- See encryption in action by looking at responses from PutRecord, PutRecords, or GetRecords When encryption is enabled, the encryptionType parameter is set to “KMS”. If encryption is not enabled, encryptionType parameter is set to “None”.
Sample PutRecord response
Sample GetRecords response
To check if encryption was enabled, use CloudTrail, which logs the StartStreamEncryption() and StopStreamEncryption() API calls made against a particular stream.
It’s very easy to enable, disable, or modify server-side encryption for a particular stream.
- In the Kinesis Streams console, select a stream and choose Details.
- Select a CMK and select Enabled.
- Choose Save.
You can enable encryption only for a live stream, not upon stream creation. Follow the same process to disable a stream. To use a different CMK, select it and choose Save.
Each of these tasks can also be accomplished using the StartStreamEncryption and StopStreamEncryption API operations.
There are a few considerations you should be aware of when using server-side encryption for Kinesis Streams:
One benefit of using the “(Default) aws/kinesis” AWS managed key is that every producer and consumer with permissions to call PutRecord, PutRecords, or GetRecords inherits the right permissions over the “(Default) aws/kinesis” key automatically.
However, this is not necessarily the same case for a CMK. Kinesis Streams producers and consumers do not need to be aware of encryption. However, if you enable encryption using a custom master key but a producer or consumer doesn’t have IAM permissions to use it, PutRecord, PutRecords, or GetRecords requests fail.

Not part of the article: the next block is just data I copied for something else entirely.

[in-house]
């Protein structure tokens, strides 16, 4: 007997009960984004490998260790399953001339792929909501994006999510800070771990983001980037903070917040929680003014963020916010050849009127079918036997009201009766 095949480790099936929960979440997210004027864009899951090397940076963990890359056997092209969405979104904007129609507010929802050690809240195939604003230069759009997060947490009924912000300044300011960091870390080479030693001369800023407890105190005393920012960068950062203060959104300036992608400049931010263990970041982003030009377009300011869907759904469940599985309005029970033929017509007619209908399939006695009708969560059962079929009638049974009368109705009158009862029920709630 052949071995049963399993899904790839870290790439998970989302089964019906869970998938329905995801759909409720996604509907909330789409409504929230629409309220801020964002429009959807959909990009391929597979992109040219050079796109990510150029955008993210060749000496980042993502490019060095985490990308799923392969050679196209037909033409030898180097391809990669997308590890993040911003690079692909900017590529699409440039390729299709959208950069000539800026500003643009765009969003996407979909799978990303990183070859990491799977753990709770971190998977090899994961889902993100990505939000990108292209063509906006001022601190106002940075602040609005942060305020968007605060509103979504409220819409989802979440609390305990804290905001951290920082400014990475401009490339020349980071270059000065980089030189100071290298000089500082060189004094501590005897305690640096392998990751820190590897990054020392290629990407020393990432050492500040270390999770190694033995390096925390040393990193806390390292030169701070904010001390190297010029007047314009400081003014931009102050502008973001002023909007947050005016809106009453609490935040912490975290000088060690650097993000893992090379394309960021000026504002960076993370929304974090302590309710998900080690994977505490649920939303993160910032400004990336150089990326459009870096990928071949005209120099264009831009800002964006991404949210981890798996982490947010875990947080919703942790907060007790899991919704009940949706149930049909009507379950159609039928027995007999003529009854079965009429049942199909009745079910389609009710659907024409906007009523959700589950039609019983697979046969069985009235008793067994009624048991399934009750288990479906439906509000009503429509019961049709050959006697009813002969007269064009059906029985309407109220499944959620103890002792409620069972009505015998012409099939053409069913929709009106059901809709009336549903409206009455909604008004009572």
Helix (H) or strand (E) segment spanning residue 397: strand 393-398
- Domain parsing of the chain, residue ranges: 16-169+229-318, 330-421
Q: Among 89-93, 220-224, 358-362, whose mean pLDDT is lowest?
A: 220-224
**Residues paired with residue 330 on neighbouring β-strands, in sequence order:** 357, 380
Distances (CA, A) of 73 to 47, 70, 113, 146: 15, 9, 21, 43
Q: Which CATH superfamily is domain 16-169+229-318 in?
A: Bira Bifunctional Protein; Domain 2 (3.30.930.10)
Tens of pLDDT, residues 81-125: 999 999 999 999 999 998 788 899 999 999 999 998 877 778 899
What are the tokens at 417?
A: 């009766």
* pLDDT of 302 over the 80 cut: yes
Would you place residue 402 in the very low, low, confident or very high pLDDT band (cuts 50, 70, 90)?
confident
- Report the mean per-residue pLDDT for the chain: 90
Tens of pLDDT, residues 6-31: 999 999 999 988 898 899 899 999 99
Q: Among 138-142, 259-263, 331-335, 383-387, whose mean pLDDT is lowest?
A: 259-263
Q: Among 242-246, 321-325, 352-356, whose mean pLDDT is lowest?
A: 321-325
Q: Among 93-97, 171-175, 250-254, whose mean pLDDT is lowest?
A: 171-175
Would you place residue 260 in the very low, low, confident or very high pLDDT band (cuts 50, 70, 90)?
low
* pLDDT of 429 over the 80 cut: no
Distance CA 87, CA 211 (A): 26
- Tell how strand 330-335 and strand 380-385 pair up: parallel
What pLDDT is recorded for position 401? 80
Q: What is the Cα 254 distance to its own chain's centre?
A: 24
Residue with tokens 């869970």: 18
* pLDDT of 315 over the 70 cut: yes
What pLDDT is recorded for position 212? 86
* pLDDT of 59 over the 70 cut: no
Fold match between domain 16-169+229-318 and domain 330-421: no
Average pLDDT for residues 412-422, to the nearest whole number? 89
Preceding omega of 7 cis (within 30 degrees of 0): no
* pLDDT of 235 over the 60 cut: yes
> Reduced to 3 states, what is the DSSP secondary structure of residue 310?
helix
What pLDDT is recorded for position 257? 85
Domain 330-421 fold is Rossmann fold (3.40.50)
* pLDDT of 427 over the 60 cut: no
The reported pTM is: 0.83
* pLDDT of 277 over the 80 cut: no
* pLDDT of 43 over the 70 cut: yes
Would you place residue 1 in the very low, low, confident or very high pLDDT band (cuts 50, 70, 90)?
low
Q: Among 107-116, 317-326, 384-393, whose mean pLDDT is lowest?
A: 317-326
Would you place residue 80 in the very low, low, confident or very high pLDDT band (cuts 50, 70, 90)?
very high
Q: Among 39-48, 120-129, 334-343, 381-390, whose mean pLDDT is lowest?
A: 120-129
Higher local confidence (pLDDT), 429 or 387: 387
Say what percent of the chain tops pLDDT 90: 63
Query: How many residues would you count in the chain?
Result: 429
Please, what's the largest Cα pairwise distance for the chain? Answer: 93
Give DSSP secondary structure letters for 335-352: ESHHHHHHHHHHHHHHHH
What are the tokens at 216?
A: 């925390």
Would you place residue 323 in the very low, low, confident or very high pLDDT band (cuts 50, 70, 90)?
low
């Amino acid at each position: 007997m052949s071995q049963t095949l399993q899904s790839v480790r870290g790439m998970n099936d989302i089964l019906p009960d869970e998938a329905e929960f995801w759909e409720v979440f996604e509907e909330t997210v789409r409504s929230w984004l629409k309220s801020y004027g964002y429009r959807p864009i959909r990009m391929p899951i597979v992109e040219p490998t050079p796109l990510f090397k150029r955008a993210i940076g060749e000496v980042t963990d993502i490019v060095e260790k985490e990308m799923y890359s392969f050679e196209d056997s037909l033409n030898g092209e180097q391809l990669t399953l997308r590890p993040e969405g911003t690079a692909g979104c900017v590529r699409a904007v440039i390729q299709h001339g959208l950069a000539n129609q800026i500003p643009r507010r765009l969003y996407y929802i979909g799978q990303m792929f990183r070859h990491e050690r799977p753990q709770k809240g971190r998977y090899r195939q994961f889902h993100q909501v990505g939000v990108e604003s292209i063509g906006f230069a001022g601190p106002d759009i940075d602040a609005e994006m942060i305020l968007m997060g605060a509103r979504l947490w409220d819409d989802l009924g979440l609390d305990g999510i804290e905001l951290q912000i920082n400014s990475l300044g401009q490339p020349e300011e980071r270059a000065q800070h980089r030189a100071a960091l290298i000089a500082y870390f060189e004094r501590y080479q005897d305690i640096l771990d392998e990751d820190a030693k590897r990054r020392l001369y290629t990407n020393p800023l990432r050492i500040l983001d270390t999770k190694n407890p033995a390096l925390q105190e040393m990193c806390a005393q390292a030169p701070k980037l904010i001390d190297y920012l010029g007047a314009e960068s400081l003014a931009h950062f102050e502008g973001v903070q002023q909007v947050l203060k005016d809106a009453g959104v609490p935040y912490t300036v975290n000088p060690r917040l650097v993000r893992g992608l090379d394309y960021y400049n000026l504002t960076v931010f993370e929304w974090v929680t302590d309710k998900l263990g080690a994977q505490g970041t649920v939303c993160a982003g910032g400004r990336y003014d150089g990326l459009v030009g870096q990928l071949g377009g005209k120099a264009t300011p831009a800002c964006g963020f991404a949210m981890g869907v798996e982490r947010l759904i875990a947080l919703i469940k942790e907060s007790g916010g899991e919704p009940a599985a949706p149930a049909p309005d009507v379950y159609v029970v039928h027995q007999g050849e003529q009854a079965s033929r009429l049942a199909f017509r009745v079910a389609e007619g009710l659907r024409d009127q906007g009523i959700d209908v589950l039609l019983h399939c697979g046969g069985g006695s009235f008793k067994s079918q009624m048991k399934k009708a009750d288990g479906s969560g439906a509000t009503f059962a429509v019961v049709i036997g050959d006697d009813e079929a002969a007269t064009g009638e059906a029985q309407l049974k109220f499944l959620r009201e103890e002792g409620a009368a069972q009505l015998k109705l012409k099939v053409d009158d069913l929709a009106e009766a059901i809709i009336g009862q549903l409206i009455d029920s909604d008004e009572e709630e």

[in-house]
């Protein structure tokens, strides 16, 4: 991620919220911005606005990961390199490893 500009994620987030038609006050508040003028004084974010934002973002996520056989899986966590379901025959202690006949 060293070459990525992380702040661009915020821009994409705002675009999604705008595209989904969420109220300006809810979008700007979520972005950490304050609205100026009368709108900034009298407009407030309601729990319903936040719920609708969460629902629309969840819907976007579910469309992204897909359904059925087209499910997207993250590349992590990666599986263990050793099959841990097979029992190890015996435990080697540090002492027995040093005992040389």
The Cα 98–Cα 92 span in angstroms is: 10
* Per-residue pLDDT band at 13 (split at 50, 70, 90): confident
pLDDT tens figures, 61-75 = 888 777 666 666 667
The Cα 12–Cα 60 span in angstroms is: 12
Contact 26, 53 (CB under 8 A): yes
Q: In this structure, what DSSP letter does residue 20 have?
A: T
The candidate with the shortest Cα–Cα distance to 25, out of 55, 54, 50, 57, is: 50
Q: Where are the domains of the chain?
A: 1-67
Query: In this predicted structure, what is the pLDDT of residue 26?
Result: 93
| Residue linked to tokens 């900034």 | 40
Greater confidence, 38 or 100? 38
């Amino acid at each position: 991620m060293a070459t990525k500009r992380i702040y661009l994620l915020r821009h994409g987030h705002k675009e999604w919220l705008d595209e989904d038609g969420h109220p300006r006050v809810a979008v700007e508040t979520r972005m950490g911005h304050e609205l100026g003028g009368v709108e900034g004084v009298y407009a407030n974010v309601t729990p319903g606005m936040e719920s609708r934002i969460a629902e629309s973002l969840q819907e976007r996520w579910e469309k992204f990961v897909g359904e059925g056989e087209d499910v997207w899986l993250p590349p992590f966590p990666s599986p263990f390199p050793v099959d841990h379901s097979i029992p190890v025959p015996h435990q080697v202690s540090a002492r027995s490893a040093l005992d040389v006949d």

This is a great security feature. On the other hand, it can effectively lead to data loss if you inadvertently apply a custom master key that restricts producers and consumers from interacting from the Kinesis stream. Take precautions when applying a custom master key. For more information about the minimum IAM permissions required for producers and consumers interacting with an encrypted stream, see Using Server-Side Encryption.
When you apply server-side encryption, you are subject to KMS API usage and key costs. Unlike custom KMS master keys, the “(Default) aws/kinesis” CMK is offered free of charge. However, you still need to pay for the API usage costs that Kinesis Streams incurs on your behalf.
API usage costs apply for every CMK, including custom ones. Kinesis Streams calls KMS approximately every 5 minutes when it is rotating the data key. In a 30-day month, the total cost of KMS API calls initiated by a Kinesis stream should be less than a few dollars.
During testing, AWS discovered that there was a slight increase (typically 0.2 millisecond or less per record) with put and get record latencies due to the additional overhead of encryption.
If you have questions or suggestions, please comment below.